train_set[i[-1]].append[i[:-1]]
So now, we’re appending lists into this list,

and that list is elements up to the last element.

So again, you wouldn’t want to have one of the attributes being the class,

because you will get it right every time most likely.

K nearest neighbors actually might not.
KNN算法实际上并不会如此
But yeah, you don’t wanna do that.

So now, we’ve done that.

Now we need to do is basically the exact same thing only for the test data.

so let’s take this copy, paste, change “train” to “test”, “train_set” to “test”,

And you’re good.

Now, and again, you could make this one line,

but I didn’t want to do that

simply because of the “i[-1]” , that whole stuff that was kind of confusing probably.

So anyways, we’re done with that.

Oops, what has happend? Come down here.

So we’ve populated our dictionaries.

So what’s left? Really nothing.

We just need to pass the information through the K nearest neighbors.

So basically what we’re gonna say is, we’re gonna say, let’s measure.

We’ll say “correct = 0” and “total = 0”,
correct = 0 和 total = 0
and we’re gonna create a simple counter here.

We’re gonna say “for group in test_set”.

What do we want to do?

We’re gonna say “for data in test_set[group]”.
for data in test_set[group]
So for each group in the test set, so this is “test_set”,

so for each of these 2 and 4, we’re testing these.

And then we’re going to say “for data in test_set[group]”.

So just that list of features, right?
data是特征列表 是吧？
So that’s what we’re about to feed through the “predict”, and we’re doing this just.

So “predict” is these lists from the test set, right?

And then as you might be able to guess what we’re going to pass through data,

which we goes here,

which we iterate every single point and calculate the distance,

is going to be the dictionary from the train_set, okay?

So “for data in test_set[group]”,
for data in test_set[group]
we’re gonna say “vote = K _nearest _neighbors( )”,

and we pass “train_set”.

That data, which is the features, and we’re gonna say “k = 5”,

Simply because if you look at the scikit-learn documentation for K nearest neighbors,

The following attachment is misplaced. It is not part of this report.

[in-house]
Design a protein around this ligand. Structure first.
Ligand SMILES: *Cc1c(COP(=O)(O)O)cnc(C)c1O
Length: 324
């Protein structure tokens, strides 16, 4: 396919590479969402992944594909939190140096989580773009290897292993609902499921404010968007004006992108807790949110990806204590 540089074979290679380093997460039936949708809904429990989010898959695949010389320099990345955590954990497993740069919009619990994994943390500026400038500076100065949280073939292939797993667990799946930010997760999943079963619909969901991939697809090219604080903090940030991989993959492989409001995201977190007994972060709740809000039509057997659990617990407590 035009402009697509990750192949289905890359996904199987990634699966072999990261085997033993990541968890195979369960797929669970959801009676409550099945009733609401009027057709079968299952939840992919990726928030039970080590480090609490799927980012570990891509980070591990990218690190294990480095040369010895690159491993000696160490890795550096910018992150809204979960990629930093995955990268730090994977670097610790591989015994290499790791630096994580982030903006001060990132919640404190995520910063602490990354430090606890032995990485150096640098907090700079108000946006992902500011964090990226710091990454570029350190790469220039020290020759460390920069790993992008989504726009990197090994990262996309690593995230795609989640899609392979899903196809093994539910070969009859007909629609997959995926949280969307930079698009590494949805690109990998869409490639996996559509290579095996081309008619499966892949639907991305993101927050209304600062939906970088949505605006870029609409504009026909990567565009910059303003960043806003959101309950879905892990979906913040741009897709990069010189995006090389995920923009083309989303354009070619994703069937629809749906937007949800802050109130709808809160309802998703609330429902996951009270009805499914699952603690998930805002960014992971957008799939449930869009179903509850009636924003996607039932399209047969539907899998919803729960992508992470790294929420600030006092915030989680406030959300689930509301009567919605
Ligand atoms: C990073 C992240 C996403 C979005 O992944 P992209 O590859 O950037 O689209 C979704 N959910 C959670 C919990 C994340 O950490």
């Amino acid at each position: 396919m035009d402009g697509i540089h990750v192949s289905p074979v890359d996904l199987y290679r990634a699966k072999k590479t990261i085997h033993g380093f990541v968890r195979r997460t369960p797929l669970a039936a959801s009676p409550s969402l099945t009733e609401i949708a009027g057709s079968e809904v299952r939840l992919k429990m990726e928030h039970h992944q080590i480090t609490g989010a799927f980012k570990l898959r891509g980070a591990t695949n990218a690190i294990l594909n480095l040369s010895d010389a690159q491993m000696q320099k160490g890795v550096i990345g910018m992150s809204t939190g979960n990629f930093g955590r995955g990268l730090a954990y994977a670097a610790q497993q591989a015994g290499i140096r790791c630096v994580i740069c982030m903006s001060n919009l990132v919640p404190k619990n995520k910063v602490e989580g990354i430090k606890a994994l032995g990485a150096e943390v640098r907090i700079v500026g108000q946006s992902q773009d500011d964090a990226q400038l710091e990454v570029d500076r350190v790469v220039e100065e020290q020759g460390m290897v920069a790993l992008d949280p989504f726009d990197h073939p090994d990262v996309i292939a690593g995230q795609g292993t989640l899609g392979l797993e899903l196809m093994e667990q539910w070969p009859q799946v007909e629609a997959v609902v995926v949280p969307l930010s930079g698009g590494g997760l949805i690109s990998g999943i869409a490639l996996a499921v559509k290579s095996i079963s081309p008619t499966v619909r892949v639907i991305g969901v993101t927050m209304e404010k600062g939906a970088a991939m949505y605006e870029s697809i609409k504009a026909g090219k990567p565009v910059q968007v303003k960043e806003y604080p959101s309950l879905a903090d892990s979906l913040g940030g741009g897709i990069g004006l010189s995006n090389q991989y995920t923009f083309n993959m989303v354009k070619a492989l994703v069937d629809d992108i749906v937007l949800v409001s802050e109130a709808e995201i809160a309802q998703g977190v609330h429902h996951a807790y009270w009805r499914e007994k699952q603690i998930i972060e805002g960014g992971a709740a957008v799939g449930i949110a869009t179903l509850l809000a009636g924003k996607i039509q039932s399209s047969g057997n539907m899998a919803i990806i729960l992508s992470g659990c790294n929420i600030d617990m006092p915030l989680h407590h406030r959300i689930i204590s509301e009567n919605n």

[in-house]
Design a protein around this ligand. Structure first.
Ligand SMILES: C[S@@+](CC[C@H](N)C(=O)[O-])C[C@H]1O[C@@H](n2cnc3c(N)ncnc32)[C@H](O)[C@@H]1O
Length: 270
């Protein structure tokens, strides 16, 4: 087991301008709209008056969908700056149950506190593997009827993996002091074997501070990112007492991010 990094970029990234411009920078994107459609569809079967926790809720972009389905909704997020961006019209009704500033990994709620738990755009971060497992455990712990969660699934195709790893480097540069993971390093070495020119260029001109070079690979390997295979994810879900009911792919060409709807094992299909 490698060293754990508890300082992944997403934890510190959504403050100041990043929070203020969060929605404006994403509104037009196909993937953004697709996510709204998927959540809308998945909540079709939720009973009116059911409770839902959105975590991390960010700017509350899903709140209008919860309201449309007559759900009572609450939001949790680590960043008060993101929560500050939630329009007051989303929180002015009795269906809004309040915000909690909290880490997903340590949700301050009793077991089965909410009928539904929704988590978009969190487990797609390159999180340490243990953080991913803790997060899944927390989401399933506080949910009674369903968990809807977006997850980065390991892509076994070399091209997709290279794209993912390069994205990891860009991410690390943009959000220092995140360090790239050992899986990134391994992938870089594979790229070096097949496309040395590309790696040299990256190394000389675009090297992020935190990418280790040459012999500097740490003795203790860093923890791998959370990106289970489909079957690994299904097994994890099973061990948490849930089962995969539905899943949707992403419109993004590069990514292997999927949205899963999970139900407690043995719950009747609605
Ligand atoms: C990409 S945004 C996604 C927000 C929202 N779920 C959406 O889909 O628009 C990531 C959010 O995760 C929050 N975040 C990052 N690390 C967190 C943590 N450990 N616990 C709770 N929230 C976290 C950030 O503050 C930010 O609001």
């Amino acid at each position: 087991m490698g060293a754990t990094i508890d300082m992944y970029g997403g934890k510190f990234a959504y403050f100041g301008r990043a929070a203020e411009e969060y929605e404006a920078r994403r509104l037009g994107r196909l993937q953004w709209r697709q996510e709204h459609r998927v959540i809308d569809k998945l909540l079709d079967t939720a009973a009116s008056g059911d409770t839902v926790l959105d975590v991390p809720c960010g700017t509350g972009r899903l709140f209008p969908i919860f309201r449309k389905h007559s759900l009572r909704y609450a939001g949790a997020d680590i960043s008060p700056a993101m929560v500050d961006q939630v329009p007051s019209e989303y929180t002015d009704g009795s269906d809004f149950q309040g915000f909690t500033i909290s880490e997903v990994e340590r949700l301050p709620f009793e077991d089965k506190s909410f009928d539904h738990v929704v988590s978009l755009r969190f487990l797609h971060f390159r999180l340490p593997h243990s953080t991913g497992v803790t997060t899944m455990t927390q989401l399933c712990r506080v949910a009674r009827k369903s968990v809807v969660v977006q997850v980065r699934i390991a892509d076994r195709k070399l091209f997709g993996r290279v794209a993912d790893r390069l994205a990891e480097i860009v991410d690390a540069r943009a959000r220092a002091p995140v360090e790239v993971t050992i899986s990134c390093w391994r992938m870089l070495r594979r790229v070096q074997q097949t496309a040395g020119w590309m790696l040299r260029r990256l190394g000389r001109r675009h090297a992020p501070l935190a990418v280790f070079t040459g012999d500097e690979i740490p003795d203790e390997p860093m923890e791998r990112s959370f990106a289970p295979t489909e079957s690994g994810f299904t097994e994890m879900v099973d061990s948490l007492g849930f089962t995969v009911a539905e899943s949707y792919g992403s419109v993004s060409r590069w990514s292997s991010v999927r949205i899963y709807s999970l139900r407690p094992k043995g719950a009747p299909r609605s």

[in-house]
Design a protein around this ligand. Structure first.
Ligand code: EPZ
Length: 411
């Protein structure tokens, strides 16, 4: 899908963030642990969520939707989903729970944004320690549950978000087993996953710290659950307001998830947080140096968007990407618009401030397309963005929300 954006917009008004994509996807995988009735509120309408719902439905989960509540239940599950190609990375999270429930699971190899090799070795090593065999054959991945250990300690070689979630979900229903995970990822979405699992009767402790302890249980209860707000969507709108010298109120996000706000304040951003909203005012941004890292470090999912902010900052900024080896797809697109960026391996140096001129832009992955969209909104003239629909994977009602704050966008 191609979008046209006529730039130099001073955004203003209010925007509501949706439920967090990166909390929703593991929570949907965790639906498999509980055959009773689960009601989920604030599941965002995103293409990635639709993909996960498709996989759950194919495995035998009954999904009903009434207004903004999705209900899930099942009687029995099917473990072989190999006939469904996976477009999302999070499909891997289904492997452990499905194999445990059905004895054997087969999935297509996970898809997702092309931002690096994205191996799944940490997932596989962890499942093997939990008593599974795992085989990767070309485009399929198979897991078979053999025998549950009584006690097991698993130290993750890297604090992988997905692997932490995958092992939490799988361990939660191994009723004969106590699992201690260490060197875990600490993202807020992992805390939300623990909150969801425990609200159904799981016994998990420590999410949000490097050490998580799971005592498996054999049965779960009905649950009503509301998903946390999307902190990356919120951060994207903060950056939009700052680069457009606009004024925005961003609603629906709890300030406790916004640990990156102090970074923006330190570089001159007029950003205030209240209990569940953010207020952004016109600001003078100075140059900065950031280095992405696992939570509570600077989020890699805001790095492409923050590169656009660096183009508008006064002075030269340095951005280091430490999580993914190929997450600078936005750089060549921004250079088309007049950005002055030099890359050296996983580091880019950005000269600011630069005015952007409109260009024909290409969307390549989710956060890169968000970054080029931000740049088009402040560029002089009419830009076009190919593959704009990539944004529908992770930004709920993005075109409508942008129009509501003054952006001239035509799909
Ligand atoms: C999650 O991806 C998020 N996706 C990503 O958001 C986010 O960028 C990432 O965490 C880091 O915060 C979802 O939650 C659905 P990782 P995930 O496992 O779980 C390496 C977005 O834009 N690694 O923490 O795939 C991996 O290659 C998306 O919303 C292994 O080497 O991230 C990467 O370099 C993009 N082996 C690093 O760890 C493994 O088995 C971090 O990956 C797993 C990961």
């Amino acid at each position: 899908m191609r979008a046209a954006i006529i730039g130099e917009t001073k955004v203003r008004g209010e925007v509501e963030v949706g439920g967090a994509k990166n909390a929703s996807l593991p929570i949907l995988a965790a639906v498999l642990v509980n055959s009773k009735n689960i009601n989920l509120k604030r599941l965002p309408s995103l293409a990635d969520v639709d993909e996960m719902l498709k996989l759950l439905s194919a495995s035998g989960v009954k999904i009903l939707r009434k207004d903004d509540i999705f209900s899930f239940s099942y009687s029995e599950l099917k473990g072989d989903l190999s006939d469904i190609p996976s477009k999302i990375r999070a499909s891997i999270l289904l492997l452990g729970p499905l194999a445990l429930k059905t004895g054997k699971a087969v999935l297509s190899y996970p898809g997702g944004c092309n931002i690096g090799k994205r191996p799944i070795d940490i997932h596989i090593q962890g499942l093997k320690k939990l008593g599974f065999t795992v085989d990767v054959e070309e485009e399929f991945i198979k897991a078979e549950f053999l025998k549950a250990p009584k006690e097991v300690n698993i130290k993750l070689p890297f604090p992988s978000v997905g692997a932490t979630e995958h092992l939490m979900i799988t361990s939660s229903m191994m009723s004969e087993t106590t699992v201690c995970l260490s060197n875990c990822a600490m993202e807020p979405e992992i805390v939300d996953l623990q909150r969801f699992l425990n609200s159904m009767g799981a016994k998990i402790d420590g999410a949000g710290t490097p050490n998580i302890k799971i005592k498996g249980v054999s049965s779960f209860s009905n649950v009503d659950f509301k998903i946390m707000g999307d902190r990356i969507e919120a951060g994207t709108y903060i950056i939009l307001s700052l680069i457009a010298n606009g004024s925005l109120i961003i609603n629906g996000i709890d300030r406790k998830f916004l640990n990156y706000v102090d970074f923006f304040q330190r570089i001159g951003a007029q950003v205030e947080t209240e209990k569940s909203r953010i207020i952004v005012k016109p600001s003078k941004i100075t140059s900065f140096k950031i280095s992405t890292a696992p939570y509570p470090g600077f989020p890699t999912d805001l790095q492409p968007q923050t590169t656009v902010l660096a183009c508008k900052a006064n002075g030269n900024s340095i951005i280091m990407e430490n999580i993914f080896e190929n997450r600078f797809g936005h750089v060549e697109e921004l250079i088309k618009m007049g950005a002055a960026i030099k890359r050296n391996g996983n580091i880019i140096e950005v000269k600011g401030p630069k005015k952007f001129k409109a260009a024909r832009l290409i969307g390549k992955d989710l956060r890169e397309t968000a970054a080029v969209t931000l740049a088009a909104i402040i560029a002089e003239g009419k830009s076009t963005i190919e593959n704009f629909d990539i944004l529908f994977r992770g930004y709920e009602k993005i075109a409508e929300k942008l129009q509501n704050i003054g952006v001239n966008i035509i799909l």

they’re using the default value 5,

so we’re gonna copy that.

Then we are good.

All we have to ask at this point is to know, if we were right or wrong.

Is “if group == vote”, right?

If the group that they came from the test_set,

because the test set that we know what the answer is.

So if that group is equal to the vote that we got from our K Nearest Neighbors classifier.

Congratulations! Plus equals one for you.

Otherwise, we’re also, we’ve need to do is “total += 1”.

Okay. So, now, we’re bascially done.

So now we would just “print”, maybe we would say “‘Accuracy:’,”

and then accuracy is just the “correct /total”.

So let’s save and run that, and see if we get any errors.

Oh, we shouldn’t be printing this out.

Oh, this is disgusting.

Ok, it went pretty quick, anyway.

“Accuracy: 0.978”, so 97.8% accuracy.
Accuracy： 0.978 所以准确率为97.8%
Boom, look at us. Ok.

I’m gonna, I’m gonna become died out.

OK, so, so that’s we’ve applied it,

and now what we want to do is compare that.

Let’s run it one more time, without nasty output.

We’re going to compare that, so we ran it again. 95.6% accuracy.

OK, so now what I want to do is have us to compare this to a scikit-learn.

So we’re gonna do that.

And then also we’re going to calculate confidence,

and we’re going to do that in the next tutorial.

So if you have any questions, comments, concerns, whatever up to this point,

feel free to leave them below.

Otherwise the next trial that’s what we’re gonna do.

Also, thanks for watching.

Thanks for all these supports, subscriptions until next time.